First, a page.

To get additional insights, consider measuring and tracking key onboarding metrics, like satisfaction scores. From there, you can use tools like Factorial’s HR reports feature to make data-informed decisions. The idea is to use these insights to change your employee onboarding checklist and processes for the better.

Organize a team event

Although team-building events are not always part of employee onboarding checklists, they play a crucial role in helping new employees develop rapport and trust with fellow employees. Which directly impacts overall employee satisfaction, workplace communication, and overall productivity levels. 

It is recommendable to have some sort of monthly team-building event per department. And when newcomers join your team, it’s best to have them after the first week or so.

That’s not to say that team building events need to be extremely elaborate or interrupt employee work-life balance. Instead, they should allow employees to get to know each other better, converse in a different environment, and with respect for employees’ time away from work. Here are a few ideas to get you started:

  • Organized company lunches and coffee breaks
  • Book or music club, in which employees can share their favorite music or reading material
  • Icebreaker games at company-wide meetings

One month and beyond

After new employees have the chance to settle in, you will need to plan some additional check-ins to make sure that they don’t have any problems over their first few months. Here’s what to include on your employee onboarding checklist to support your new hires long-term.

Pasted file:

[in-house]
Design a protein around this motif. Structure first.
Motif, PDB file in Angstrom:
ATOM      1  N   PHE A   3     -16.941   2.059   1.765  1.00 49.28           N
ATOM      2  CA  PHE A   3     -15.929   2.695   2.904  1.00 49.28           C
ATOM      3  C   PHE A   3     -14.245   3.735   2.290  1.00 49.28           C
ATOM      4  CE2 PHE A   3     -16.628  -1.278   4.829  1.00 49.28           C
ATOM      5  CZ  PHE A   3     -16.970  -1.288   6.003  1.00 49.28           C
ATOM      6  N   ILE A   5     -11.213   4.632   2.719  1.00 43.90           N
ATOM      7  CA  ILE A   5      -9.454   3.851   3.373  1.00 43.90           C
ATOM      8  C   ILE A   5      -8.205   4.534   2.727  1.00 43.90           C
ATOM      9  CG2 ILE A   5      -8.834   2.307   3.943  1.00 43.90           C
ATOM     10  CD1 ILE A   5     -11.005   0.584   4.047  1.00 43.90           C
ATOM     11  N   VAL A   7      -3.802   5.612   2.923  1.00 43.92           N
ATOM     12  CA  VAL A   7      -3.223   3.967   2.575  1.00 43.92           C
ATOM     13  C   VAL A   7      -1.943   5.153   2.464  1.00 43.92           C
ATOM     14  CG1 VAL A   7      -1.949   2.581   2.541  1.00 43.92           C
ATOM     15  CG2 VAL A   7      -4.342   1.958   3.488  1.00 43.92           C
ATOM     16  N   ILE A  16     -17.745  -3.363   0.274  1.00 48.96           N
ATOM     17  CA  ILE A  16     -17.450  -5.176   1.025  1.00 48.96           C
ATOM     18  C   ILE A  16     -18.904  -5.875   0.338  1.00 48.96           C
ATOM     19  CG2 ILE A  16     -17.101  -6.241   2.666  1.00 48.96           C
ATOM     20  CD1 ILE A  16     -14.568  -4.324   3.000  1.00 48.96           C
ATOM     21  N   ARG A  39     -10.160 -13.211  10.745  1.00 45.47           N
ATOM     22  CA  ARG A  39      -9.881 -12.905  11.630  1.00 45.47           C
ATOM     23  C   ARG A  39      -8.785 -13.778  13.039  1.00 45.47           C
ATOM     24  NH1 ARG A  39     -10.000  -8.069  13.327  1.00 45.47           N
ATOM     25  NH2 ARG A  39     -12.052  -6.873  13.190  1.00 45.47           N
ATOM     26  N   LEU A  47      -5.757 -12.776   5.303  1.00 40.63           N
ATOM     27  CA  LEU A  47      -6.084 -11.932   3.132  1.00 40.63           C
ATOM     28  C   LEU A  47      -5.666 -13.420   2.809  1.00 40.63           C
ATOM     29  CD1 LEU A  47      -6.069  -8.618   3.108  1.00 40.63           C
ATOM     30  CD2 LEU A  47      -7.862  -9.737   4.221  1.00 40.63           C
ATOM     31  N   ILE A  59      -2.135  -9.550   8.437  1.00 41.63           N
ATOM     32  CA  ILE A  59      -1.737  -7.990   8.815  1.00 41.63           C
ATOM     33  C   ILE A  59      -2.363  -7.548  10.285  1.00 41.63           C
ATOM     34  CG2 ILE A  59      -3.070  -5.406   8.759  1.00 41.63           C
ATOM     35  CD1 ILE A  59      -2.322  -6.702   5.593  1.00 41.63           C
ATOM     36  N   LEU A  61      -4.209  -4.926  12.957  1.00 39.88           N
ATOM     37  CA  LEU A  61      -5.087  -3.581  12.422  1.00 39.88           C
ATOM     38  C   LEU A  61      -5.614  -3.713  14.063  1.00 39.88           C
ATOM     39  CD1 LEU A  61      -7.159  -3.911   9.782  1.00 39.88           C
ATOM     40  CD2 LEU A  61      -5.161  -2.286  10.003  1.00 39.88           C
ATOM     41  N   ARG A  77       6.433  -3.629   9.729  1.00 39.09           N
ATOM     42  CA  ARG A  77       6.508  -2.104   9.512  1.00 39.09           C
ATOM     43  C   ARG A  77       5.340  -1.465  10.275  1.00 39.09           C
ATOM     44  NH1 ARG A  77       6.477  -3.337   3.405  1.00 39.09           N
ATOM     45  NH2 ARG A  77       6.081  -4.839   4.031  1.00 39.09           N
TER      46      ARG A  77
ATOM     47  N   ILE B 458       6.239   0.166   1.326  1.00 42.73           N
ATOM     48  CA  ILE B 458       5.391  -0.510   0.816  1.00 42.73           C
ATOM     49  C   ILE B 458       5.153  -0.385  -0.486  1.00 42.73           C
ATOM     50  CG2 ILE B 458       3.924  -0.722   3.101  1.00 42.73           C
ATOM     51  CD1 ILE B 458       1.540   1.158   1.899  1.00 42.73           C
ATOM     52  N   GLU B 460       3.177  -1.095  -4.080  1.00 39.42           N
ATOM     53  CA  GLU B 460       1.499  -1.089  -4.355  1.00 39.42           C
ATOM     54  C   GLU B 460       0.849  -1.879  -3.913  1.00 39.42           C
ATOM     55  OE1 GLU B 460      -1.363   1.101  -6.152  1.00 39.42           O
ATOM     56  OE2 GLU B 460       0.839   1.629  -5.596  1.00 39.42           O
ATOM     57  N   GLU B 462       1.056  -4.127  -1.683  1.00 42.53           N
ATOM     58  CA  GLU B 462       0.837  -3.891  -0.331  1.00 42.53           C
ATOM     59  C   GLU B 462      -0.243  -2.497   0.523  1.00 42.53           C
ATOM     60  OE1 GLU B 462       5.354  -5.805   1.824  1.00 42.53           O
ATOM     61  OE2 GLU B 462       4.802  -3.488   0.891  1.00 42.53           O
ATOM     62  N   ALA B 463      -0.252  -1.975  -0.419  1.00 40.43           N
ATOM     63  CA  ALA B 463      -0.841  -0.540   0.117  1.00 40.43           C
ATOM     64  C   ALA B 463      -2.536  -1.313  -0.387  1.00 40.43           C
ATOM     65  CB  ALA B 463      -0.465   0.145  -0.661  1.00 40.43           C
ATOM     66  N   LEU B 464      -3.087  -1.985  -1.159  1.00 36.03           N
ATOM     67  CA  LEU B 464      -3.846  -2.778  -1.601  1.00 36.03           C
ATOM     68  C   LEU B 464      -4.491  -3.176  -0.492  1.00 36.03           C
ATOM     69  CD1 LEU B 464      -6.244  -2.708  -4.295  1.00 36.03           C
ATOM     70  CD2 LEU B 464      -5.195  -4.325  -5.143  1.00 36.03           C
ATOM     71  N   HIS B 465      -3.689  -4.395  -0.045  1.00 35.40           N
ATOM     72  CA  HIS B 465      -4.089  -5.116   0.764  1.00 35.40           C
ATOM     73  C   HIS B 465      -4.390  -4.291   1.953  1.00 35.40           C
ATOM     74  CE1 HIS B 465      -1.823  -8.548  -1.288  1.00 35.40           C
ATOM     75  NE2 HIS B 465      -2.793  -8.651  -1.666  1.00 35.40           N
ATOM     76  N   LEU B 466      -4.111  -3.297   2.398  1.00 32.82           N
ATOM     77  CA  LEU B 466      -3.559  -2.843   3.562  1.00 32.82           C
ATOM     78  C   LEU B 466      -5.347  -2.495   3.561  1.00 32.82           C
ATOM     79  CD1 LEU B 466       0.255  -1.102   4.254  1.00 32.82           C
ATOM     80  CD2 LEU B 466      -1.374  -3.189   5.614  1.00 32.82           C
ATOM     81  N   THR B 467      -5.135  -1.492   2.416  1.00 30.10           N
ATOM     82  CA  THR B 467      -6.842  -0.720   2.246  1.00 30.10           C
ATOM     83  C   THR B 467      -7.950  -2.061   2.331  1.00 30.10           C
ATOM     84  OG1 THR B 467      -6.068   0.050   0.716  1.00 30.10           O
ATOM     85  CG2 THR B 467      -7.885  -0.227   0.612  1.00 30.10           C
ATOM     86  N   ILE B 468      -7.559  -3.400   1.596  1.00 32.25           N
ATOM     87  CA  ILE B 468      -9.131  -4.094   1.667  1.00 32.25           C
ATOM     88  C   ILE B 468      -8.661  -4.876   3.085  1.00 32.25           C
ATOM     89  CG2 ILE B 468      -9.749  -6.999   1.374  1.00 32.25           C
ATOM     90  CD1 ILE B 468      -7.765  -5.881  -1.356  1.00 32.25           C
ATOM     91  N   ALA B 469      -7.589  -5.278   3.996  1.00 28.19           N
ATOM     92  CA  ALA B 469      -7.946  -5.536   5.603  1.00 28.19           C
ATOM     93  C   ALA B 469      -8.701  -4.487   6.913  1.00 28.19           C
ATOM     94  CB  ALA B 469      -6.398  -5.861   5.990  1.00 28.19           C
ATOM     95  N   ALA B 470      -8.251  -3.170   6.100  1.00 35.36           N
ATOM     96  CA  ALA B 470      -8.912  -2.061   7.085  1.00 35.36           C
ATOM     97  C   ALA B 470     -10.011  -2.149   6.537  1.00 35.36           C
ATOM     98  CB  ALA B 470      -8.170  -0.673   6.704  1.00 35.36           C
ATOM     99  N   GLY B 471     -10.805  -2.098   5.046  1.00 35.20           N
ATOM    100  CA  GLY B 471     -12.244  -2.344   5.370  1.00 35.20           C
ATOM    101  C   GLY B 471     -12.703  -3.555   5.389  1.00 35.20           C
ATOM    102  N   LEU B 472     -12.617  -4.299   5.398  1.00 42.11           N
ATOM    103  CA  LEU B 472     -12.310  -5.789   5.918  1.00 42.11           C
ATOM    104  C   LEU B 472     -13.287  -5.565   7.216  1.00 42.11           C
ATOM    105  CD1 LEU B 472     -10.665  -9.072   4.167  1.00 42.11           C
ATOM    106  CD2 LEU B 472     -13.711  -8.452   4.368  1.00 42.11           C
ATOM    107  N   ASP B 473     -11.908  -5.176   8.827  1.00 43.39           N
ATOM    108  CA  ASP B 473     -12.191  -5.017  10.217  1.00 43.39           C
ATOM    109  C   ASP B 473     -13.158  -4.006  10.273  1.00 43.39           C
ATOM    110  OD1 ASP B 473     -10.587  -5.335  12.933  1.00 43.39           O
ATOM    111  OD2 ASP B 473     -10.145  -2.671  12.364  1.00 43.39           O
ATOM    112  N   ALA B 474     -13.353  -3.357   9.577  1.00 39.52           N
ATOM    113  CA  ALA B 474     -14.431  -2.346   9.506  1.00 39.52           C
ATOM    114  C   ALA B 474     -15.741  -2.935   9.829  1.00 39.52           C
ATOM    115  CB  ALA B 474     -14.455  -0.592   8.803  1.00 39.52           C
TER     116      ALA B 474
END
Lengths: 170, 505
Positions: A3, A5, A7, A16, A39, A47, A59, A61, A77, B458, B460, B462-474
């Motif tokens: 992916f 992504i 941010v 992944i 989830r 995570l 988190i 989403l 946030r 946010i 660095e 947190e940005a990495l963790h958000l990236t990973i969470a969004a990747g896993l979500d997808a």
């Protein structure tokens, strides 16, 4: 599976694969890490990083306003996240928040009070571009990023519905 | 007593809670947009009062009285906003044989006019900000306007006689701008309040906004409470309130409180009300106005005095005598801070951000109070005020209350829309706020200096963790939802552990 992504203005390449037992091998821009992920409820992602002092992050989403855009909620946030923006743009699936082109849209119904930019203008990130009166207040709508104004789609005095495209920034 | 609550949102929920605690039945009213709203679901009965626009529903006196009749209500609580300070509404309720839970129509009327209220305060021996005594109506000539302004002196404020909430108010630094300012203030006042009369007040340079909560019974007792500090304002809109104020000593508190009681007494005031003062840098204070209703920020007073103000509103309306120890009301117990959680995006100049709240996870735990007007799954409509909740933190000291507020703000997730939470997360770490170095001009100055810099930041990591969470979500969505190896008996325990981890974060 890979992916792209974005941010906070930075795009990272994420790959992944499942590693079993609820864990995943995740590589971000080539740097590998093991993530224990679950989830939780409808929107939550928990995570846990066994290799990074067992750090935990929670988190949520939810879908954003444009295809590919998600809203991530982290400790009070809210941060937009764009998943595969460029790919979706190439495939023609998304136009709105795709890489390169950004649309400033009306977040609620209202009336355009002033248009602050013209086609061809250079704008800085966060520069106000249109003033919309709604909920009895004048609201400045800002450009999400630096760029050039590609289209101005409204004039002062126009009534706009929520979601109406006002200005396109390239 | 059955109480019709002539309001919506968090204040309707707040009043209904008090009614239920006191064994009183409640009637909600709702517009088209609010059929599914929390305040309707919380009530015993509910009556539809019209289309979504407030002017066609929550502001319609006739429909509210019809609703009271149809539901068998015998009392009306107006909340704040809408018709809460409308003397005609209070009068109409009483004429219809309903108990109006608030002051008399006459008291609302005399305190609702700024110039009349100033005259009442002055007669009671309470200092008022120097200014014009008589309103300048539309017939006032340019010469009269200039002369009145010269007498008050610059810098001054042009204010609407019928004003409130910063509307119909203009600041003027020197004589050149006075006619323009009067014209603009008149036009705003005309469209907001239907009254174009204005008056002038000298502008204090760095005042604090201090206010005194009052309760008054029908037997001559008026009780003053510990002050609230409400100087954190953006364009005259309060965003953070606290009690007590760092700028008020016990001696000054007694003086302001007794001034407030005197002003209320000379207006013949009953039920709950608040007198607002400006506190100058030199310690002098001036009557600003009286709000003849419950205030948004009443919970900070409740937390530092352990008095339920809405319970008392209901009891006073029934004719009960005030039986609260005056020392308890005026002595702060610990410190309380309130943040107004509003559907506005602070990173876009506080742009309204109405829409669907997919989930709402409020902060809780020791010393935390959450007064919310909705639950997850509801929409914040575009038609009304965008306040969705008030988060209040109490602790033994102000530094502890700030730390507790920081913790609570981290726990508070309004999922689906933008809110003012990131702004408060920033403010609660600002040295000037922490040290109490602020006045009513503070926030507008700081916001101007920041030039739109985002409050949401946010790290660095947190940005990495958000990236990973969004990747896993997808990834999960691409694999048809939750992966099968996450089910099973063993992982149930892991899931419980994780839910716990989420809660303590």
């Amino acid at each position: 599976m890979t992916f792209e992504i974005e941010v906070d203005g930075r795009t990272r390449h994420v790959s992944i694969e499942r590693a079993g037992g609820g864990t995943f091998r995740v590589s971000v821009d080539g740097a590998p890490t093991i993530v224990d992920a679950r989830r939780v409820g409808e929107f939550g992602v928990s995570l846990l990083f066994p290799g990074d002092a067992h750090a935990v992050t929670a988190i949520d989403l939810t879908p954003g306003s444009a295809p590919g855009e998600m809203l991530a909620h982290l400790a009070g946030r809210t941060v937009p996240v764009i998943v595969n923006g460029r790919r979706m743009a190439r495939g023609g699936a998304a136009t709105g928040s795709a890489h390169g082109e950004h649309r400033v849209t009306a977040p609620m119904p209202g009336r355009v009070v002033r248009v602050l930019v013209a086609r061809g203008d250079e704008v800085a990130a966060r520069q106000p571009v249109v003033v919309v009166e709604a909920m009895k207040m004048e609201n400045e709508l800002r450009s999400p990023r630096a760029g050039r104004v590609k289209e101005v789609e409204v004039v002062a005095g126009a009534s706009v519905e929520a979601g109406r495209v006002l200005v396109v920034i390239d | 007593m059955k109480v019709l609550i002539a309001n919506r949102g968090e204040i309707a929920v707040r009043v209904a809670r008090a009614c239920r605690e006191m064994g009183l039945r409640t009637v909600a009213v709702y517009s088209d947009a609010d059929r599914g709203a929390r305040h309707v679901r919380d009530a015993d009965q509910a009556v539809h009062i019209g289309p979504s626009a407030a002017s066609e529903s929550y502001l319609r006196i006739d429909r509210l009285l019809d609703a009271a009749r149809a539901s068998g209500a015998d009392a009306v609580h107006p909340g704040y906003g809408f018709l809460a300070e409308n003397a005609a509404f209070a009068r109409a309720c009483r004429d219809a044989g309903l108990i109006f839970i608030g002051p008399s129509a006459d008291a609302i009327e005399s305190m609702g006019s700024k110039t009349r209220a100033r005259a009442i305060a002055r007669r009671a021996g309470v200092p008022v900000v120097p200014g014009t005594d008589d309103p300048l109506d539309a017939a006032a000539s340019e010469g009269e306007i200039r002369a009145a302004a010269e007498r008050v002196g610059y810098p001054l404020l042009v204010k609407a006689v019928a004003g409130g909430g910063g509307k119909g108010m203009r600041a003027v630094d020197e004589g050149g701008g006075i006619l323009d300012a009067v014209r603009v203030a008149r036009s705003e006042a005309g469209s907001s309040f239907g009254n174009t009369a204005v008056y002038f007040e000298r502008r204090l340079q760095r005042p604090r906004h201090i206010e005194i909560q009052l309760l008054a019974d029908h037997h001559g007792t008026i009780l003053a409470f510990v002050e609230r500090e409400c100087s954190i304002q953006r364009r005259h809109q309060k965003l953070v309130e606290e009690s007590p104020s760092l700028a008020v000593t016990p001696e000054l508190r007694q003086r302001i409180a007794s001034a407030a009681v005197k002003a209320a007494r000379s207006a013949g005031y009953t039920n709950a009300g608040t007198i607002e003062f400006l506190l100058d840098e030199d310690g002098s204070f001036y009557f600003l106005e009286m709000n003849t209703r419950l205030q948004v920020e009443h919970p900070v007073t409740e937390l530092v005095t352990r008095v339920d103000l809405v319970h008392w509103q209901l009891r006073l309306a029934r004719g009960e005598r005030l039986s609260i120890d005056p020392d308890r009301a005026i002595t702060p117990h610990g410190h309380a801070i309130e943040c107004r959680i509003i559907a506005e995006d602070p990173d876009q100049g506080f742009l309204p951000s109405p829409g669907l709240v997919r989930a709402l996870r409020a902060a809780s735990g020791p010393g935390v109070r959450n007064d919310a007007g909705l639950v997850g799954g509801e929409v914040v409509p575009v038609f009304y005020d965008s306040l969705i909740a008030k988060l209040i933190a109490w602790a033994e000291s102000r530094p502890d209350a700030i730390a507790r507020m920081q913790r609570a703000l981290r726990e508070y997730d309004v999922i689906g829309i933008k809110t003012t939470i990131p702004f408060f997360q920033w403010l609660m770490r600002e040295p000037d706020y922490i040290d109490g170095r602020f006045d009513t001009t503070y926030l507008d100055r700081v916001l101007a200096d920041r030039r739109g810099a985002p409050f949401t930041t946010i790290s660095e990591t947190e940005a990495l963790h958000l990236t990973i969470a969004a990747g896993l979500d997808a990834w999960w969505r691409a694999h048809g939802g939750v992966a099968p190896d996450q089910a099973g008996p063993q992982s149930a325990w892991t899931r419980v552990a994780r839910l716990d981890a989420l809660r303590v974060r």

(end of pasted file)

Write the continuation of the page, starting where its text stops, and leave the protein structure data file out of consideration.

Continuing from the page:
Gather feedback

Employee feedback plays a crucial role in keeping tabs on satisfaction levels and potential obstacles. Also, it allows new employees to voice any problems that they are facing, ask questions and share their opinions. 

Once you’ve completed the first-week check-in, go ahead and schedule 30, 60, and 90-day check-ins as well, to make sure that employees feel confident with their roles and happy with their professional growth.

Managers also play a big role in listening and responding to employee feedback. After an employee’s first week or two, managers should plan on scheduling weekly one-on-one meetings with their new direct report. 

In these one-on-one sessions, employees should share their professional goals, achievements, and obstacles. During this time, managers should look for ways to help and support employee ambitions to the best of their ability.

In addition to these efforts, employees should complete regular climate surveys or satisfaction surveys on at least a quarterly basis. Ideally, you’ll want to receive this kind of feedback automatically through an integrated platform. 

That way, you can visualize employee feedback alongside performance reviews, allowing you to have a better understanding of individual profiles, strengths, and weaknesses. Every member of your team is unique, and you’ll want to make sure that the tools that you use allow you to centralize and cross-reference as much information as possible.

Check-in with manager

Aside from checking in with employees, it’s equally important to go to managers for regular status updates and insights. Managers should share information about how the employee feels in their one-on-one meetings and what kind of career development training opportunities would help support them better. 

In these check-in meetings, the employee’s performance should be discussed, as well as the way that performance reviews are conducted. Make sure that performance review questions accurately assess the employee’s short and long-term goals and the progress that they are making to achieve them.

Incorporating new team members doesn’t stop after the first few weeks, onboarding is about making sure that an employee’s long-term growth is accounted for and encouraged.